People v Carruthers Usable Marihuana Defined & Limited UPDATED

On Thursday, June 11, 2014, the Michigan Supreme Court denied hearing the People v Carruthers usable marihuana case by order, which was on appeal from the Michigan Court of Appeals. The People v Carruthers usable marihuana case when interpreted by Michigan Court of Appeal created many issues that Medical Marihuana Patients and Caregivers hoped to see settled by the Michigan Supreme Court. See People v Carruthers. However, the Michigan Supreme Court will not hear the People v Carruthers usable marihuana case; therefore, the opinion and legal analysis and statements by the Court of Appeals will remain in effect until there is a legislative modification.

What Did The Court of Appeals say in the People v Carruthers usable marihuana case?

The court specially and repeatedly stated that resin (or THC extract) based brownies were not and are not considered “usable marihuana” as explained in Section 4 (Immunity). The court further explained that because resin brownies are not considered to be “usable” an individual in possession of such brownies does not qualify for Section 4. The court, in essence, found a loophole around qualifying an act for immunity even though it involves marijuana, and thus similarly as the Michigan Supreme Court in People v McQueen found, an individual in possession of resin brownies must rely on a Section 8 Affirmative Defense.

Usable Marihuana under the MMMA is defined as:

“dried leaves and flowers of the marihuana plant, and any mixture or preparation thereof, but does not include the seeds, stalks, and roots of the plant.” MCL § 333.2642(3)(k).

The court in the People v Carruthers usable marihuana case interpreted this definition narrowly. Therefore, usable marihuana, as indicated in the People v Carruthers usable marihuana case, does not include all parts of the marihuana plant, meaning the resins, nor does it include “every compound, manufacture, salt, derivative, mixture, or preparation of the plant or its seeds or resin.” Marihuana, under general state law, on the other hand includes “all parts” of the cannabis plant, as well as “the resin extracted from any part of the plant; and every compound, manufacture, salt, derivative, mixture, or preparation of the plant or its seeds or resin.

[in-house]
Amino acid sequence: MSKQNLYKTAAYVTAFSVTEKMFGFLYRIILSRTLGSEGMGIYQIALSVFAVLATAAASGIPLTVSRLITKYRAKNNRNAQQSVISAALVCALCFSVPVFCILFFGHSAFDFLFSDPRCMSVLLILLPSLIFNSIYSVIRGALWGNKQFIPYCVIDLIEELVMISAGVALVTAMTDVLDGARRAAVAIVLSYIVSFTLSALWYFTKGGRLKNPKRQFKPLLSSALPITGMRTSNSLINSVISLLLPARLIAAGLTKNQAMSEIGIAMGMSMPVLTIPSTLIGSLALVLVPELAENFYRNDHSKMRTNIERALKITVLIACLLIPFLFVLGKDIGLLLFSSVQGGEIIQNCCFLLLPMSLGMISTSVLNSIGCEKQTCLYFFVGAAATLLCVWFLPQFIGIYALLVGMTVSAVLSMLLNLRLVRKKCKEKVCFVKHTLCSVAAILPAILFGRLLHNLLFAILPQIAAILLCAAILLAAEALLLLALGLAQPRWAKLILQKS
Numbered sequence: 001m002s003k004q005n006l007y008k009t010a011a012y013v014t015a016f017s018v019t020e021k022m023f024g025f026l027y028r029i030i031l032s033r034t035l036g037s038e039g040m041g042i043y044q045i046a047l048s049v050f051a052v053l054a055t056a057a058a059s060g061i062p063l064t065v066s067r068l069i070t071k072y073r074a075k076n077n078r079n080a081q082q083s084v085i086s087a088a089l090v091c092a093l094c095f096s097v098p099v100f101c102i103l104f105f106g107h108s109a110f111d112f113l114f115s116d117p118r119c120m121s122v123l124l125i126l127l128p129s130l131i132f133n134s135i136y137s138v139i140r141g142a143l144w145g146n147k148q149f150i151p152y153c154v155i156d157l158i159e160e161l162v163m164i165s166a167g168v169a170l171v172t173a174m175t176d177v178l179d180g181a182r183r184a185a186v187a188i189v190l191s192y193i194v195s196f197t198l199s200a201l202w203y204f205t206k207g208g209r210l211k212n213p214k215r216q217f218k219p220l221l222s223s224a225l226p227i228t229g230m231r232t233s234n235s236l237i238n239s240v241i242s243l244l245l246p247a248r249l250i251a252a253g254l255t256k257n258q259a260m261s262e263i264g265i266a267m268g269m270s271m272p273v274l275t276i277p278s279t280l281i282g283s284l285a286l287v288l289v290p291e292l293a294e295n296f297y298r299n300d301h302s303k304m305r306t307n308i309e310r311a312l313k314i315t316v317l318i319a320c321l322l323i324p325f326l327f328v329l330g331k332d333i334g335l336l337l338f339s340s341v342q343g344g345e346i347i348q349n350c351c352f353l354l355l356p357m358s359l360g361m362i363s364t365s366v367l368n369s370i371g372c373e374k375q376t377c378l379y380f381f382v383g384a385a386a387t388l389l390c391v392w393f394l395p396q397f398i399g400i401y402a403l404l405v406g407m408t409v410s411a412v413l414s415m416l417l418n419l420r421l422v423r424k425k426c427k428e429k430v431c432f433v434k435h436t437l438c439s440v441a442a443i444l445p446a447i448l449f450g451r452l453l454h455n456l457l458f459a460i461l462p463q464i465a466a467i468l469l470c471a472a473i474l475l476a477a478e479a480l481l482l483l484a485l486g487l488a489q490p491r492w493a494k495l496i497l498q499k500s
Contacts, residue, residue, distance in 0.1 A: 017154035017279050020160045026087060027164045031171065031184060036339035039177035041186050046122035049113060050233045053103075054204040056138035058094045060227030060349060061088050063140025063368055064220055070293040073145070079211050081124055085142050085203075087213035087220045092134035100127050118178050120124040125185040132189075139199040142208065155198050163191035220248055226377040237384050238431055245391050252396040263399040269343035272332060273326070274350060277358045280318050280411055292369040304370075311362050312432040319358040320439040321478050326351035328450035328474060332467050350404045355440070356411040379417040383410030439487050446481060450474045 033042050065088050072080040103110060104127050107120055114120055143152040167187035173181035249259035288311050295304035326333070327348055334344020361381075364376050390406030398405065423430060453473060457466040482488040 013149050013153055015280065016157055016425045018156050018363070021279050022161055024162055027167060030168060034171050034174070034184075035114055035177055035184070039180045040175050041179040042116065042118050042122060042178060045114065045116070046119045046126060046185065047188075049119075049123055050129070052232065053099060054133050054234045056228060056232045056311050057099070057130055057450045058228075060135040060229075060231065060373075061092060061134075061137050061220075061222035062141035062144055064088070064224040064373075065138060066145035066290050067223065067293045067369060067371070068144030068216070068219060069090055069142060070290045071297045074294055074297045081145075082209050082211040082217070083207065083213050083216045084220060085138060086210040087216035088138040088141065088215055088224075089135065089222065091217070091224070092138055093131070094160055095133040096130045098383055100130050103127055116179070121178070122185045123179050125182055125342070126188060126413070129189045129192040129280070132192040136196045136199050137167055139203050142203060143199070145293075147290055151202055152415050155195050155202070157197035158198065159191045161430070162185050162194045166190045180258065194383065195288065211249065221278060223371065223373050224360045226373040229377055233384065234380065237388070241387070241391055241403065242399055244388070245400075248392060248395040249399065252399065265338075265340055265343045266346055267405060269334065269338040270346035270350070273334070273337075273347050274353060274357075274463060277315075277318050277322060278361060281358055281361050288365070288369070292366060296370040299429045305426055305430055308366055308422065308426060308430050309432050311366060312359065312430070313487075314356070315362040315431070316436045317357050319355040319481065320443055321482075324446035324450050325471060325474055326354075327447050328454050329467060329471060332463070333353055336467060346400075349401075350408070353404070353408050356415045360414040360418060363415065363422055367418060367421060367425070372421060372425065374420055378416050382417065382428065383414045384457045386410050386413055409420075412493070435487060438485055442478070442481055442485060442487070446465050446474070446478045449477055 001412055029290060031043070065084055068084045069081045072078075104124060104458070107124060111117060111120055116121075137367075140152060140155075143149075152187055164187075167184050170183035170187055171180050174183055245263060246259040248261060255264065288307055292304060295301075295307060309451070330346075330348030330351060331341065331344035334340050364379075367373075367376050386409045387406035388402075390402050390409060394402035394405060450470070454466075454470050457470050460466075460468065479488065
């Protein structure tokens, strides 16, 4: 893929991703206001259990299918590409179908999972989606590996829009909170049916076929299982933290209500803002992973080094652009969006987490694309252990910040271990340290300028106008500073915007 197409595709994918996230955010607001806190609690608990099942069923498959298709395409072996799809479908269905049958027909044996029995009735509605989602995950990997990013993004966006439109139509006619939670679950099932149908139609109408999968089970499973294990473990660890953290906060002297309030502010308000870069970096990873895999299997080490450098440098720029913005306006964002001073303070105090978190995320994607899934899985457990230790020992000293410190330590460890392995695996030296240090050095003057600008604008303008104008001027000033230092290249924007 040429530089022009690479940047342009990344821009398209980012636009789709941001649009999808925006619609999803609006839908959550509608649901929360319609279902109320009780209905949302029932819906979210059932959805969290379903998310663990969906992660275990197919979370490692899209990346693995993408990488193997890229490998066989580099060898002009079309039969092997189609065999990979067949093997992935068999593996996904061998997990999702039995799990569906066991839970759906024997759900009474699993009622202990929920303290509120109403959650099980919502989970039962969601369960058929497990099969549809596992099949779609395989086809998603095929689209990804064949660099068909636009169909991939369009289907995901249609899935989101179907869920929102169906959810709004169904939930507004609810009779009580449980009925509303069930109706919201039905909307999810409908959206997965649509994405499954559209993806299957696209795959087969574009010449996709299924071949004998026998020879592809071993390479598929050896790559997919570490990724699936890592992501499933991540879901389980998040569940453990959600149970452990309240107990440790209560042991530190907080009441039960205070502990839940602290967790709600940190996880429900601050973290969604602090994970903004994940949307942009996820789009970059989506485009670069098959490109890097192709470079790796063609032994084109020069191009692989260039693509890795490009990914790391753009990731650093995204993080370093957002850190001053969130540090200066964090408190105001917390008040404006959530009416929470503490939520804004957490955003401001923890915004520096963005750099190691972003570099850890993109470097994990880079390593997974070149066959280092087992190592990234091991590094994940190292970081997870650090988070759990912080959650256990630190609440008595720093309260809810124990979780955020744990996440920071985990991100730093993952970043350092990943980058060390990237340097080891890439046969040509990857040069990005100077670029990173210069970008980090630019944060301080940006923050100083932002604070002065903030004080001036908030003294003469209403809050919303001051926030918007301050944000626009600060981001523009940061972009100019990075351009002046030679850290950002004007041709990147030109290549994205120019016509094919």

The court in the People v Carruthers usable marihuana case dealt with a resin based product known as “Cannabutter,” which contained THC extract. The THC extract can be taken from any part of the plant, and it would still, under the People v Carruthers usable marihuana opinion, not be considered “usable marihuana” under the MMMA.

So in the end, the court in the People v Carruthers usable marihuana case, explained that a substance must contain plant material in order to be considered  “usable” under Section 4 of the MMMA. It also went on to explain that Section 8 (Affirmative Defense) does not maintain a narrow definition for marihuana when compared to Section 4. Therefore, the court in the People v Carruthers usable marihuana case left open the possiblity for a Section 8 affirmative defense for issues involving resins based marihuana products.

The court, however, did note that the potency of resin brownies, under a Section 8 defense, would come into play when determining whether the individual possessed an amount reasonably necessary to alleviate or treat the medical condition. It also stated that “[g]iven the unmeasurable nature of the highly potent THC contained in such edibles, the health and welfare of Michigan citizens would be threatened, and prosecutions for possession and use of edibles containing higher-than-allowed quantities of THC would be systematically thwarted.”

It is always necessary to know the law, know your rights, and maintain your ability to fight, especially when dealing with the MMMA. This opinion has made Section 4 narrower and more specific on what you can and cannot do in order to qualify for Immunity. NEVER RELY ON ANY ARTICLE, INCLUDING THIS ONE, IF ATTEMPTING TO REPRESENT OR DEFEND YOURSELF IN A COURT OF LAW. NOTHING ON THE INTERNET CAN COMPENSATE OR REPLACE LEGAL COUNSEL. LAWYER-UP.

About Josh Jones

Josh Jones is an experienced and professional Michigan Criminal Defense attorney presenting Metro Detroit, Genesee County, Livingston County, Lapeer County, and others throughout the State of Michigan. He is available 7-days a week and handles all felonies, misdemeanors, probation violations, traffic tickets, and drivers license restoration. Josh is only a phone call away and is here to help when you are involved with the criminal justice system.